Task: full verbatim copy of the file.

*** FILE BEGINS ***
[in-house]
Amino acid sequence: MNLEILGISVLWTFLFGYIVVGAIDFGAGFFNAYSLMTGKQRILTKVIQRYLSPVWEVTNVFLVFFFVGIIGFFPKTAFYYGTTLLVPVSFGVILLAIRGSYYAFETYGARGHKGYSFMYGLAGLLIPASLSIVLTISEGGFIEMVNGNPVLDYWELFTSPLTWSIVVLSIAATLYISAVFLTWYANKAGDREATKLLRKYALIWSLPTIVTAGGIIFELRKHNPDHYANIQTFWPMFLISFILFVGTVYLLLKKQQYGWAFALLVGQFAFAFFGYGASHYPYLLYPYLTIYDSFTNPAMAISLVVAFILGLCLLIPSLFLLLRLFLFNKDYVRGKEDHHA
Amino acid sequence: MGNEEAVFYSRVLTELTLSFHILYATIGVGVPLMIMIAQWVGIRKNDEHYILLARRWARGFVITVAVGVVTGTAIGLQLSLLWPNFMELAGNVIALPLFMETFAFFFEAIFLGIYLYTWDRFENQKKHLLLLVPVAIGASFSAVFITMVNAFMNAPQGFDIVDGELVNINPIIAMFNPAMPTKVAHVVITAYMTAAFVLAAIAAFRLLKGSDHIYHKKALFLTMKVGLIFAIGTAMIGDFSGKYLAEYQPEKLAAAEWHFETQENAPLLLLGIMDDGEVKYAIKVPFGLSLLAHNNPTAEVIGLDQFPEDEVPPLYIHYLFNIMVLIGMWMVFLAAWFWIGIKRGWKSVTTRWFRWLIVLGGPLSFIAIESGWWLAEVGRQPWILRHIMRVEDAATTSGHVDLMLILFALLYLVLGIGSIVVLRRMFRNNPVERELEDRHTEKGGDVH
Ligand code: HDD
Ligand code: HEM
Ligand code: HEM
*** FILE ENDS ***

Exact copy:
[in-house]
Amino acid sequence: MNLEILGISVLWTFLFGYIVVGAIDFGAGFFNAYSLMTGKQRILTKVIQRYLSPVWEVTNVFLVFFFVGIIGFFPKTAFYYGTTLLVPVSFGVILLAIRGSYYAFETYGARGHKGYSFMYGLAGLLIPASLSIVLTISEGGFIEMVNGNPVLDYWELFTSPLTWSIVVLSIAATLYISAVFLTWYANKAGDREATKLLRKYALIWSLPTIVTAGGIIFELRKHNPDHYANIQTFWPMFLISFILFVGTVYLLLKKQQYGWAFALLVGQFAFAFFGYGASHYPYLLYPYLTIYDSFTNPAMAISLVVAFILGLCLLIPSLFLLLRLFLFNKDYVRGKEDHHA
Amino acid sequence: MGNEEAVFYSRVLTELTLSFHILYATIGVGVPLMIMIAQWVGIRKNDEHYILLARRWARGFVITVAVGVVTGTAIGLQLSLLWPNFMELAGNVIALPLFMETFAFFFEAIFLGIYLYTWDRFENQKKHLLLLVPVAIGASFSAVFITMVNAFMNAPQGFDIVDGELVNINPIIAMFNPAMPTKVAHVVITAYMTAAFVLAAIAAFRLLKGSDHIYHKKALFLTMKVGLIFAIGTAMIGDFSGKYLAEYQPEKLAAAEWHFETQENAPLLLLGIMDDGEVKYAIKVPFGLSLLAHNNPTAEVIGLDQFPEDEVPPLYIHYLFNIMVLIGMWMVFLAAWFWIGIKRGWKSVTTRWFRWLIVLGGPLSFIAIESGWWLAEVGRQPWILRHIMRVEDAATTSGHVDLMLILFALLYLVLGIGSIVVLRRMFRNNPVERELEDRHTEKGGDVH
Ligand code: HDD
Ligand code: HEM
Ligand code: HEM